13 Comments

Emilie

I'm on such a trip right now. I thought I was going home in December, but right now on Bulgaria helping organize an NGO for women's rights. What?!

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craft

I'm planning on going to France this summer and while I want to visit a few places (especially some places where they are voted as having the best baguettes) I really want just to enjoy the time I'll be there. I'm working hard to save money (I'm a student so I'm broke all the time) but I know it'll be worth it.
So yeah I'm organizing it, obsessing about the little things but not overplanning where should I go just how I'll go 🙂

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Meghan

I'm sorry to burst your bubble but Bret will not be declaring his love for you (even though you're awesome) because he is madly in love with me. Yes, I have big plans for the rhymnocerous and I to live happily ever after.

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Jenny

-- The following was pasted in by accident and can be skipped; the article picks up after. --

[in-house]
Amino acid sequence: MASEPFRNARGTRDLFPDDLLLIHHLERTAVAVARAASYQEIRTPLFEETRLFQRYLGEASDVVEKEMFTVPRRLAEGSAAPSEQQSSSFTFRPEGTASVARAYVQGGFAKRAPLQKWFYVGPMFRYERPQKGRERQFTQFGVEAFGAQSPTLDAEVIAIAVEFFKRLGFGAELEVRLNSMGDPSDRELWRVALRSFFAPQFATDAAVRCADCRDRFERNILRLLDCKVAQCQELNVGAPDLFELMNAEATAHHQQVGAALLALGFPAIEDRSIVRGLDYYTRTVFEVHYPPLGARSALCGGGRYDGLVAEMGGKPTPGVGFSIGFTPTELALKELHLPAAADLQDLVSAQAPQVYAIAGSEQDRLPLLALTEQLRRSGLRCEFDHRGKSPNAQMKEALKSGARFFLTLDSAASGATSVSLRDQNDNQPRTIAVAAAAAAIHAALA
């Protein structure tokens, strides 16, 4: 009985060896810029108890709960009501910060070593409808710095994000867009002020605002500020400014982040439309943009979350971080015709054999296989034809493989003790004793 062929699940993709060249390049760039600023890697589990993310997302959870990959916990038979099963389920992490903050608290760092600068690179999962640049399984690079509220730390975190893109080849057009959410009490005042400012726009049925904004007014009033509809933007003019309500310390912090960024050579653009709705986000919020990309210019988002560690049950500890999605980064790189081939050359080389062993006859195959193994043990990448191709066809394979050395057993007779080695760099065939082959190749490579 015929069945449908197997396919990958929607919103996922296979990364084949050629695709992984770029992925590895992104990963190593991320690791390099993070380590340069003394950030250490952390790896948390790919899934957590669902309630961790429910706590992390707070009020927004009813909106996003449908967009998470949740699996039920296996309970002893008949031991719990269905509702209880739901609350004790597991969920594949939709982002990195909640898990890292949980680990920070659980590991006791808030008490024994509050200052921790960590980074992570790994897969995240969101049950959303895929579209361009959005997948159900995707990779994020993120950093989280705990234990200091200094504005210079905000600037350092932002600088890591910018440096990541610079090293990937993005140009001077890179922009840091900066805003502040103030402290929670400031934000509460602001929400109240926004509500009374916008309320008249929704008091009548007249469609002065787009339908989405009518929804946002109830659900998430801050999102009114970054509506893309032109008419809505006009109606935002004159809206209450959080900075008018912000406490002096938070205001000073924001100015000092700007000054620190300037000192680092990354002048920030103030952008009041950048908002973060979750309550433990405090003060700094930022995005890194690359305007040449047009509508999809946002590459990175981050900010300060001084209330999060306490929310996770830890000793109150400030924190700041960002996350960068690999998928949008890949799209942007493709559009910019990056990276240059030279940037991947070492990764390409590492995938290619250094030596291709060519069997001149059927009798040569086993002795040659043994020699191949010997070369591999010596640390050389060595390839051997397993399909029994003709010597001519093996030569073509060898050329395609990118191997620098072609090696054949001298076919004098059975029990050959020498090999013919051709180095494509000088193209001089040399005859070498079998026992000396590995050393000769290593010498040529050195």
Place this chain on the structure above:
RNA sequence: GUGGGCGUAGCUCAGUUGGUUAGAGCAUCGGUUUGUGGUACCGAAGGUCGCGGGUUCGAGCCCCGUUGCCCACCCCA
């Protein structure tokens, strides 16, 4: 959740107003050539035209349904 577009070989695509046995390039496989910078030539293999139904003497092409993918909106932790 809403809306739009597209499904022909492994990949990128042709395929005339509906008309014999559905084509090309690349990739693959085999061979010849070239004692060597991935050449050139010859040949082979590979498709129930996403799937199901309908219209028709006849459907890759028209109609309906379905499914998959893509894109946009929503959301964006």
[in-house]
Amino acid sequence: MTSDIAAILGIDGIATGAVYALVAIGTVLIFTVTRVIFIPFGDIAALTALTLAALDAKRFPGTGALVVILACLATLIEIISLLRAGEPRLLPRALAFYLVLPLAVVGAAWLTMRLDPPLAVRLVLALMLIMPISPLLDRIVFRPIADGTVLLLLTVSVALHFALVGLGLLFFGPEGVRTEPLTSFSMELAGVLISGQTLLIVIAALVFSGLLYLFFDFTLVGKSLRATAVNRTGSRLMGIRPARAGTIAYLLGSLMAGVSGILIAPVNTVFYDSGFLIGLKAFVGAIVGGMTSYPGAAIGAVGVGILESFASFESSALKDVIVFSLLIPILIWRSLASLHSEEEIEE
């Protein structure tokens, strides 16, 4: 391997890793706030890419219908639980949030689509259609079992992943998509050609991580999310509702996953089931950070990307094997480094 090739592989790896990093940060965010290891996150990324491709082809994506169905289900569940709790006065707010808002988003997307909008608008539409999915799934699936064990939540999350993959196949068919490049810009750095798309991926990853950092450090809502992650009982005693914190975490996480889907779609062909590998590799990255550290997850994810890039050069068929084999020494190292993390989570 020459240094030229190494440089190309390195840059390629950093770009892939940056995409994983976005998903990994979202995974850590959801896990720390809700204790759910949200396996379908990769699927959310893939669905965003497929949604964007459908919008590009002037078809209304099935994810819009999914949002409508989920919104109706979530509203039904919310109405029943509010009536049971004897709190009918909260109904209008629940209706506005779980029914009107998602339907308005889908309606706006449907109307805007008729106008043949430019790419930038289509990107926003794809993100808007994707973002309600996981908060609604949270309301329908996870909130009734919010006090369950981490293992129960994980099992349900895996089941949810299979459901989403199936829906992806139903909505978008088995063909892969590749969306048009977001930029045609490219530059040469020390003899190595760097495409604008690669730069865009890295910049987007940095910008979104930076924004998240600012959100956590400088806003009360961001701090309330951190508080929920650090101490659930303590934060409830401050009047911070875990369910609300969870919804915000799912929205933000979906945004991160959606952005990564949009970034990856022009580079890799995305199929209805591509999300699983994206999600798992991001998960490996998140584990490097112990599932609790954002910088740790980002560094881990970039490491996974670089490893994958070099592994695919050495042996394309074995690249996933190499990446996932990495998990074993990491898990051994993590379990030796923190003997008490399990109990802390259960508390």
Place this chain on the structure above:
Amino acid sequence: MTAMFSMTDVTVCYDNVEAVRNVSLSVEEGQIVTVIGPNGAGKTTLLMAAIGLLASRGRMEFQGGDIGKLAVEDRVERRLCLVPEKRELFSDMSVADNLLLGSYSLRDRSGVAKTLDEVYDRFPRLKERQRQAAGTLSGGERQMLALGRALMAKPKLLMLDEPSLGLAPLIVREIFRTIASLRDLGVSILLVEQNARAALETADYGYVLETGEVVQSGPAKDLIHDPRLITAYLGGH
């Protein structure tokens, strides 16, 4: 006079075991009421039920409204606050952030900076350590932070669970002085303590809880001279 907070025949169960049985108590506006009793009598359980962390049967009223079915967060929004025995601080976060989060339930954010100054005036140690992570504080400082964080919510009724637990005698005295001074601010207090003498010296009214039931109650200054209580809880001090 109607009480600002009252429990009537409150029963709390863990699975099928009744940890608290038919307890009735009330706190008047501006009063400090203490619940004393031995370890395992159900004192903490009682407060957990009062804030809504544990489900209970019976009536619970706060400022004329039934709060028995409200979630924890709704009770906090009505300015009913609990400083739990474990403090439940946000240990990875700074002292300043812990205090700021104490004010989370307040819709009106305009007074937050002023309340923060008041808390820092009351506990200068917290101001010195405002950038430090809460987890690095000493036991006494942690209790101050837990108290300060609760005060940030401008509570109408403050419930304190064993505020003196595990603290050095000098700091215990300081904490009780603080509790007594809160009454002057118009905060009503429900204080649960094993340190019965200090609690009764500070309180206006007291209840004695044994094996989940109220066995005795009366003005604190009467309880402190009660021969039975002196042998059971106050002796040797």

I agree so much! I have never done completely open-ended or solo travel, but after my first trip (really tight schedule) I learned to loosen up. I am a planner by nature and I'm not big on surprises, but travel is so much different, and things are really so much more fun when you don't have to leave somewhere you didn't expect to like so much (or if you hate where you are, you can leave earlier than planned). It's actually less stressful to just see what happens!

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Kelsi

My net appeared in the form of a cross country road trip along Route 66, going back up through Vegas to Yellowstone, past the Black Hills and Mount Rushmore, before finally ending back in my home city of Milwaukee.

You're right: the idea of taking weeks off of work would have some of my friends grasping for an oxygen mask. I will likely be criticized or misunderstood for it, but in the end they'll all be saying to me, "I wish I could do something like that." Um, you CAN! I can! And I will! Yay for things!

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Birdie

I wish I could afford to travel out of the country. 🙁 But, I guess I will just live vicariously through your posts for now. XD

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Kristie